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How is Research Support Defined?

Created on August 5, 2017. Last updated on December 5th, 2020 at 05:46 pm

As with all health care professionals, clinical child and adolescent psychologists are dedicated to offering the best level of care available by constantly testing and comparing how effectively various treatments work for a variety of child and adolescent mental health problems. Through this research, psychologists are looking to discover which treatment is likely to work best for each individual. The Society of Clinical Child and Adolescent Psychology uses a scale of one (most support) through five (lowest support).

Below is a summary of the criteria for each level. The research supporting each treatment listed on this website has been evaluated to determine how effective it is for each behavioral issue or mental disorder. For example, even though a therapy might be a Level One treatment for anxiety, it may not have as much evidence to show it works well for depression.

As new research becomes available, treatments may change levels, moving either up or down. will strive to keep its lists up to date.

Levels of Research Support for Therapy

Level One: Works Well; Well-established Treatments

Level One treatments have the strongest research support. To meet this high standard, these treatments must meet a variety of criteria. Above all, there must be at least two thorough scientific studies, such as large-scale randomized controlled trials, showing that the treatment is more effective in treating children or adolescents’ symptoms, compared to some other treatment or to something that people might believe is a treatment, like a pill placebo.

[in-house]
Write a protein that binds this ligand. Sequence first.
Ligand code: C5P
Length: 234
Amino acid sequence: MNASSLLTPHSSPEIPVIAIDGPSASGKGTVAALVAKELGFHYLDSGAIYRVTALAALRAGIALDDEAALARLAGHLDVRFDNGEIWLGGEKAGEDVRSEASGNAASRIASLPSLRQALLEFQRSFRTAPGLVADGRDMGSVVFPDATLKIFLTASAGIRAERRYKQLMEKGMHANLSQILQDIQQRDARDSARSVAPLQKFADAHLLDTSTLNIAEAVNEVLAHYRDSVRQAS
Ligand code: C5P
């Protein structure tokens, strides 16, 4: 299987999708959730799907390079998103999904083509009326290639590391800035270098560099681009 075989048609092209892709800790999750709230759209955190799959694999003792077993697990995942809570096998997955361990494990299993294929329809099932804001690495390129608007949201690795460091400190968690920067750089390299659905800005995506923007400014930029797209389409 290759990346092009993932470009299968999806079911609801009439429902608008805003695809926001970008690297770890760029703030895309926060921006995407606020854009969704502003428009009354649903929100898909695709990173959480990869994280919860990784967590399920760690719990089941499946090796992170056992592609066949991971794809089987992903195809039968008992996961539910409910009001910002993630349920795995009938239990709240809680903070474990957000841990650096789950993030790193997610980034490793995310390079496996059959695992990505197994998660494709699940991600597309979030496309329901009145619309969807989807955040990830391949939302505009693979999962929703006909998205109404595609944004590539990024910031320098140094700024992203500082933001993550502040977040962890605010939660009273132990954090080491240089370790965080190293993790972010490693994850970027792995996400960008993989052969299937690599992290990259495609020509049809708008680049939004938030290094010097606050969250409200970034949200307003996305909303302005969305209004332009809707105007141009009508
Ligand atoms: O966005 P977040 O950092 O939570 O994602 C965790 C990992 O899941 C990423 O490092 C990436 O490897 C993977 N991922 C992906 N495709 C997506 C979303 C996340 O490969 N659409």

Level One treatments have been studied by independent teams working at different research settings. That is, the treatment must be one that works well for different scientists, not just the ones who developed the therapy.

Level Two: Works; Probably Efficacious Therapies

Level Two therapies have strong research support, too, but they may not have been tested by different or independent teams, like Level One therapies. It is also possible for a therapy to be considered Level Two if only one study shows the treatment is much more effective than a Level One therapy or if at least two studies show it is better than no treatment.

Level Three: Might Work; Possibly Efficacious Therapies

Level Three therapies could be called “promising therapies.” There may be one study showing that the treatment is better than no treatment, or there may be a number of smaller clinical studies without all of the appropriate procedural controls. Overall, confidence that a Level Three treatment works consistently is not as strong as it could be.

Level Four: Unknown/Untested; Experimental Therapies

Level Four therapies may be in use, but have not been studied carefully. Some would suggest that these treatments should be avoided until further evidence is available. However, for some child/adolescent symptoms or disorders with limited therapy options, a treatment at this level could be worth considering.

Level Five: Does Not Work/Tested But Did Not Work

Level Five therapies have been tested in well-designed studies and have not yet shown positive results. A Level Five treatment may either not be better than no treatment (or other comparison treatments) or else the treatment actually made symptoms or behaviors worse. While it is possible that new studies will show that a Level Five therapy works better in the future, a therapy currently listed as Level Five would not be a good treatment option.


Southam-Gerow, Michael A.; Prinstein, Mitchell J. 2014. Evidence Base Updates: The Evolution of the Evaluation of Psychological Treatments for Children and Adolescents. Journal of Clinical Child & Adolescent Psychology, 43(1), 1-6.

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Evidence-based Services Committee of Hawaii